Russell Robertson spoke of his experience playing in the AFL with Melbourne at Shepparton United's junior season launch yesterday.DAMEN FRANCIS February 13, 2014 4:38am
Former high-flying Melbourne forward Russell Robertson was a special guest at Shepparton United’s junior season launch yesterday.
Robertson, 35, played 228 AFL games between 1997 and 2009 and shared some of his experience with about 60 players at Deakin Reserve, before taking part in a goal-kicking contest against United senior playing co-coach Tim Looby.
United fielded three teams in its foundation Shepparton District Junior Football League season last year and has upped that number to four — two under-14 teams and two under-16 teams — for this season.
Demons junior development officer Dean Walton said the junior part of the club had great support from the senior and under-18 playing groups, which ensured United was developing into a great family club.
‘‘We were really happy to get back involved in junior footy last year and we decided from when we got the go ahead we would focus on the bottom age, so you’ve got them longer at the club,’’ Walton said.
‘‘Being co-tenants we don’t get to use Deakin a lot just because of how much use it gets, so anytime (Greater Shepparton City) Council lets us on we’re very grateful.’’
Walton said the club was hoping to build on its Goulburn Valley Football League rivalry with Deakin Reserve co-tenant Shepparton, with the possibility of playing junior derby games at Shepparton’s premier football facility.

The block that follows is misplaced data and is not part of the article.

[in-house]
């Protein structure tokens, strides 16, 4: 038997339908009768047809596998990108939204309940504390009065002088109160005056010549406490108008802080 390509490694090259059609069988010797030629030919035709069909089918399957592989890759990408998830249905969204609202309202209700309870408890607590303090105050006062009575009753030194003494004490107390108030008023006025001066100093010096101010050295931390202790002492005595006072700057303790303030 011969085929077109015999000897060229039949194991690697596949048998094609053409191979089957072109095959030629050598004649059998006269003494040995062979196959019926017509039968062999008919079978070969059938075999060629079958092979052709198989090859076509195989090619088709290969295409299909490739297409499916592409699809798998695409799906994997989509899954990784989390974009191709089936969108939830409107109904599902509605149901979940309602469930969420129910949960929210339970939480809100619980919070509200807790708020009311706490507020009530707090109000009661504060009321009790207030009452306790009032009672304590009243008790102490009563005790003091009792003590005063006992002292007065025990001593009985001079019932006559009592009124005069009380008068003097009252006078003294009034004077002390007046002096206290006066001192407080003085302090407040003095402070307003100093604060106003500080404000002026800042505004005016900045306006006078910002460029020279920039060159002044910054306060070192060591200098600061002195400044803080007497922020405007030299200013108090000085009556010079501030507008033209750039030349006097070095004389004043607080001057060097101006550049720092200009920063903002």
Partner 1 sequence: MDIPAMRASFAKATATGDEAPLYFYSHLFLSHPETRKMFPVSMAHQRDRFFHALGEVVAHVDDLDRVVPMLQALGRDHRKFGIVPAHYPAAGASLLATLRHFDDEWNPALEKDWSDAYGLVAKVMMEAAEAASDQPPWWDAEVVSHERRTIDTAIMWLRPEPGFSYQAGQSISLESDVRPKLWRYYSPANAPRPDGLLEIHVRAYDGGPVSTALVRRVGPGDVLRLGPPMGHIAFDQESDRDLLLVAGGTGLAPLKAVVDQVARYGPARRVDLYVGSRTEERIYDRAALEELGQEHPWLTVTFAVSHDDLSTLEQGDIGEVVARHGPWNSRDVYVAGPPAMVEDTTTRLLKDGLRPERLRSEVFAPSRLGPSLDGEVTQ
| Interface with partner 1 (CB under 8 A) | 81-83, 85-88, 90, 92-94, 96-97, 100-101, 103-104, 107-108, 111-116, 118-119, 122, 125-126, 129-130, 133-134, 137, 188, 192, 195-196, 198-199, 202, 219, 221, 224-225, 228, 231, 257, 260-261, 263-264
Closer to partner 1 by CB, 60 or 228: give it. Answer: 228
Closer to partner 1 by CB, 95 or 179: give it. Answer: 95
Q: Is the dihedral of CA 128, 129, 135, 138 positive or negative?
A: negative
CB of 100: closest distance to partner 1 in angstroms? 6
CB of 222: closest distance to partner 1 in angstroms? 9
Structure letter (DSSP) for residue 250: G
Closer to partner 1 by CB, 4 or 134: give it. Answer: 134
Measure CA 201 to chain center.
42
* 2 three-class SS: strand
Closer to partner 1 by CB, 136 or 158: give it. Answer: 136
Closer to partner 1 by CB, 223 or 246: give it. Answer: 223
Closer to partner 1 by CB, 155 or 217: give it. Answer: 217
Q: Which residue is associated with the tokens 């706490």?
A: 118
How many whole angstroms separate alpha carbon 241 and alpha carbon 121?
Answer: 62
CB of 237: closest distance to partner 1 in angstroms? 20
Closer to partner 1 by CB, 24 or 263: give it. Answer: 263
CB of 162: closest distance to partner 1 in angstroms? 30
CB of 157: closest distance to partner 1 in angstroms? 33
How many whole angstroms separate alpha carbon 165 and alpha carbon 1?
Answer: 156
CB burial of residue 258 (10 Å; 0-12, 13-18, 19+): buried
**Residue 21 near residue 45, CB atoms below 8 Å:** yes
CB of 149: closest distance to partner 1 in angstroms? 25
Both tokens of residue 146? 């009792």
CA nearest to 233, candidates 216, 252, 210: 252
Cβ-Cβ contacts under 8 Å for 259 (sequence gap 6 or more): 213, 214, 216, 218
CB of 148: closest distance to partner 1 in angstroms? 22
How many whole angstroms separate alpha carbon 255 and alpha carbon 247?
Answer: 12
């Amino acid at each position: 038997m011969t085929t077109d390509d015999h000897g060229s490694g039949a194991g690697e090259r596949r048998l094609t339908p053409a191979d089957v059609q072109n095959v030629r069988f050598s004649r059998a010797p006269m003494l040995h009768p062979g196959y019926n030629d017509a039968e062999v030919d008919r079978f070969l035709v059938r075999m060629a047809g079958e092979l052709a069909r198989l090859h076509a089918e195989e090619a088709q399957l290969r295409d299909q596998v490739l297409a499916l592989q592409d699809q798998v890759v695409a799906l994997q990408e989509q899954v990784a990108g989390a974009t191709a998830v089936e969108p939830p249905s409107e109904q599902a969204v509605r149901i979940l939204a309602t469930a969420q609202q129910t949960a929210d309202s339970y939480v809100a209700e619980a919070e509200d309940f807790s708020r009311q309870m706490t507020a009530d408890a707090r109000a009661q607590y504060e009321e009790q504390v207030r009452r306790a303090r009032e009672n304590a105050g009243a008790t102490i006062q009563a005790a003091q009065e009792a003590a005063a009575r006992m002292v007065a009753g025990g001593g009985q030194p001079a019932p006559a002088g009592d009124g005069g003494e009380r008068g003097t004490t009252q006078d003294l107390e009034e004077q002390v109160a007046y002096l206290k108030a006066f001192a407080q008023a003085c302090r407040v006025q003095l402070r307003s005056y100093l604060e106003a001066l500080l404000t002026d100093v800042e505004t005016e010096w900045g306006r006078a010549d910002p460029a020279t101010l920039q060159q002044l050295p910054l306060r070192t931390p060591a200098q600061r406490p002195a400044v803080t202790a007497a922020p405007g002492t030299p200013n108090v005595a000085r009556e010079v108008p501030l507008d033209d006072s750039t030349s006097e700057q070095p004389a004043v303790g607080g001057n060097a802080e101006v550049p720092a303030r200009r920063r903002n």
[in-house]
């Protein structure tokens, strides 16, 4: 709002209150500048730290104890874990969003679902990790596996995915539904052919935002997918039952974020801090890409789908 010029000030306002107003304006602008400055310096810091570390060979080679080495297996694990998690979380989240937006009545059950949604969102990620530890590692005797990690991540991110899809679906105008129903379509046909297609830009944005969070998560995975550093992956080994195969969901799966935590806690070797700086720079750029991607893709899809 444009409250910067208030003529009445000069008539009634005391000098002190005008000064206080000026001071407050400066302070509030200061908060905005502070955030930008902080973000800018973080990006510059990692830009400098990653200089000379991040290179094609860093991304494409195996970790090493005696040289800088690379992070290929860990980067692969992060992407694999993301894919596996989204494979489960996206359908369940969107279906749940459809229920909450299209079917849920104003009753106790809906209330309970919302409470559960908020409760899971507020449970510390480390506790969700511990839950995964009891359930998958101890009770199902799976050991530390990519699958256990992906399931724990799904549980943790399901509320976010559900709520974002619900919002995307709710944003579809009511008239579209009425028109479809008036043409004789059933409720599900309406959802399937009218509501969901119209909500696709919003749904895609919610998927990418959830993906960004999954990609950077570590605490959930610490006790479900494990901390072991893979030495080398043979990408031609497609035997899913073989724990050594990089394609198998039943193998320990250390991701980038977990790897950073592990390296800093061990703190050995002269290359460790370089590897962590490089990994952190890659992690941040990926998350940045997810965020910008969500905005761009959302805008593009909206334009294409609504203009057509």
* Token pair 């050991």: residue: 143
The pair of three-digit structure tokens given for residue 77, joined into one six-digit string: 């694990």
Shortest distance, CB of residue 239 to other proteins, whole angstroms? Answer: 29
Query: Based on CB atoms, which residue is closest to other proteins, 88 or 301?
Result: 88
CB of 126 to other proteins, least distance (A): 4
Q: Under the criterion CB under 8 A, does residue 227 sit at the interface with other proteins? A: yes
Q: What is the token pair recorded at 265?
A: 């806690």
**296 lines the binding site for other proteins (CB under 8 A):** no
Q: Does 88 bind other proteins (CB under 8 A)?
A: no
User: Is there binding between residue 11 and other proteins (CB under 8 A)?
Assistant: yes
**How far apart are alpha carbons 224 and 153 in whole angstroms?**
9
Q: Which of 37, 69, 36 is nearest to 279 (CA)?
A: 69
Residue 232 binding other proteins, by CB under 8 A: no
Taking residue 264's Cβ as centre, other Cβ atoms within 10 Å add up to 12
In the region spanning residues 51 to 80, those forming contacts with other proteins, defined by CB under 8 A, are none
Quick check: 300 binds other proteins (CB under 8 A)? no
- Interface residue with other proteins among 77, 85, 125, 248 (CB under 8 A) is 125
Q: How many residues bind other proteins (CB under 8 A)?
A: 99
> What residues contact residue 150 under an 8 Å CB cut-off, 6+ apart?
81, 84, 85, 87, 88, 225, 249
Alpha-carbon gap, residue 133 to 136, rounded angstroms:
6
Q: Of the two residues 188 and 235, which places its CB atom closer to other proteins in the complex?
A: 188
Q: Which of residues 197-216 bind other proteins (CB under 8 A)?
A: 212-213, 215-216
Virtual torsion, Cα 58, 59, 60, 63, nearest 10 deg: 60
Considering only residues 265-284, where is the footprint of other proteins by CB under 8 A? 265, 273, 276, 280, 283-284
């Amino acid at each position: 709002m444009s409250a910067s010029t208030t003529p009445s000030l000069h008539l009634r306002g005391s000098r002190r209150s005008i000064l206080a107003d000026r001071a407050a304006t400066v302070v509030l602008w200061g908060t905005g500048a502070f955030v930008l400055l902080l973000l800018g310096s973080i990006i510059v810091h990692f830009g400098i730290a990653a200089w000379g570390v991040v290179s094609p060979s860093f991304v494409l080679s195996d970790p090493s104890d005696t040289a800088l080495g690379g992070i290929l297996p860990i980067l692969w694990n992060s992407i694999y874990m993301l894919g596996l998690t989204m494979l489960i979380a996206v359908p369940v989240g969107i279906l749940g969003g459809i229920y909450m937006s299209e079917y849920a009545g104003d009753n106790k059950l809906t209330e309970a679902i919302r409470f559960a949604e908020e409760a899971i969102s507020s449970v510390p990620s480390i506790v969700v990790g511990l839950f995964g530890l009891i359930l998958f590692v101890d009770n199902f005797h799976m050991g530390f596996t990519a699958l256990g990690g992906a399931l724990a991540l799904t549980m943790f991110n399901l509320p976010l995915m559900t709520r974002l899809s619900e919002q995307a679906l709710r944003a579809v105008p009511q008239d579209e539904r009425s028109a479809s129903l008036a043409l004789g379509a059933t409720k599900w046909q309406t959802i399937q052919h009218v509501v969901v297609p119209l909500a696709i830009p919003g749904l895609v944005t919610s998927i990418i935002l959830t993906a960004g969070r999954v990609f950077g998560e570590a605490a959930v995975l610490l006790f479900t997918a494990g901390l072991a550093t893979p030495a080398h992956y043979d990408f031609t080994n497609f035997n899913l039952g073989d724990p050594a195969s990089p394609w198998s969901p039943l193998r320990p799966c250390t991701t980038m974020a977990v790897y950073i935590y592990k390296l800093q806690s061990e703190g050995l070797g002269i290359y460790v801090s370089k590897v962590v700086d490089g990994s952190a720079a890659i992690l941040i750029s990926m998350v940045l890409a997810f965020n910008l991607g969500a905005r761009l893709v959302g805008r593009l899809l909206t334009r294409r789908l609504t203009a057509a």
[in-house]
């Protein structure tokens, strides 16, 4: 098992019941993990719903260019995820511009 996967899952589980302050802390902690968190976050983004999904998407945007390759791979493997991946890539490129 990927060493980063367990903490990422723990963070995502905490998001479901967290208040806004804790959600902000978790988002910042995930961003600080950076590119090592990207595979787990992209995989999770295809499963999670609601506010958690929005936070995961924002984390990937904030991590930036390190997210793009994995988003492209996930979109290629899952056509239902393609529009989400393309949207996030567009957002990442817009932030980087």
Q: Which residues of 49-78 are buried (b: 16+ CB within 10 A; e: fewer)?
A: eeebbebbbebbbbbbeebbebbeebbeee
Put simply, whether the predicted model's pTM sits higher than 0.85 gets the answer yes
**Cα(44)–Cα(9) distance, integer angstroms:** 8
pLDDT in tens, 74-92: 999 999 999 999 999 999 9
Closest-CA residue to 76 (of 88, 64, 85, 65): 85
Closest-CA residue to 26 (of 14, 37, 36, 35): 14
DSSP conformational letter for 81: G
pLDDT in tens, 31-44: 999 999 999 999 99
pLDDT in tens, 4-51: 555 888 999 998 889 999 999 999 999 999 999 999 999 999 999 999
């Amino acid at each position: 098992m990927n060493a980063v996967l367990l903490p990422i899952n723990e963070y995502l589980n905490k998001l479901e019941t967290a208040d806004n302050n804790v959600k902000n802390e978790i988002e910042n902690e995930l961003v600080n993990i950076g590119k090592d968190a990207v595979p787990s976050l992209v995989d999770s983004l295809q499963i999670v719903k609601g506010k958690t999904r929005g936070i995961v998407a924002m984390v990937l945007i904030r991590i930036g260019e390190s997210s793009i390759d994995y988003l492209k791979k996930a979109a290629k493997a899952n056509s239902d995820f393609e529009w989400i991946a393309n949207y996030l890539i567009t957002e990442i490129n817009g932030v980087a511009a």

Robertson’s link to the club was through Melbourne Football Club foundation hero member Joe Di Conza, whose children play at United.
United is the only Shepparton-based GVFL club Robertson has not played for, having spent a season at Shepparton Swans in 2010 and made a one-off appearance for Shepparton in round one last year.
‘‘He had to give United a go,’’ Walton said.
‘‘Hopefully he likes what he sees tonight and we might be able to sign him up for the year.’’
Robertson, who grew up in the regional Tasmanian town Penguin, said a GVFL return was unlikely, but he enjoyed giving back to clubs in country areas.
‘‘Football is supposed to be enjoyable and young kids can get it wrong and take it all too lightly, but you can teach them the basics of training, which is when the drills are on, concentrate, when it’s off, you enjoy,’’ Robertson said.
‘‘There’s been bad press over the years about the culture in football clubs, but it’s a changing culture and we’re starting to get it right.
‘‘Football clubs can be a place for young men to grow in a positive learning environment.
‘‘It’s a young boys’ club, but then there’s the netballers and it’s a great place for boys to learn about girls. Some boys don’t know how to mix socially with girls and treat them with respect and football can do all of that, especially in the country.’’
United club training sessions are shared between Kialla Park and Wanganui Park Secondary College twice a week.
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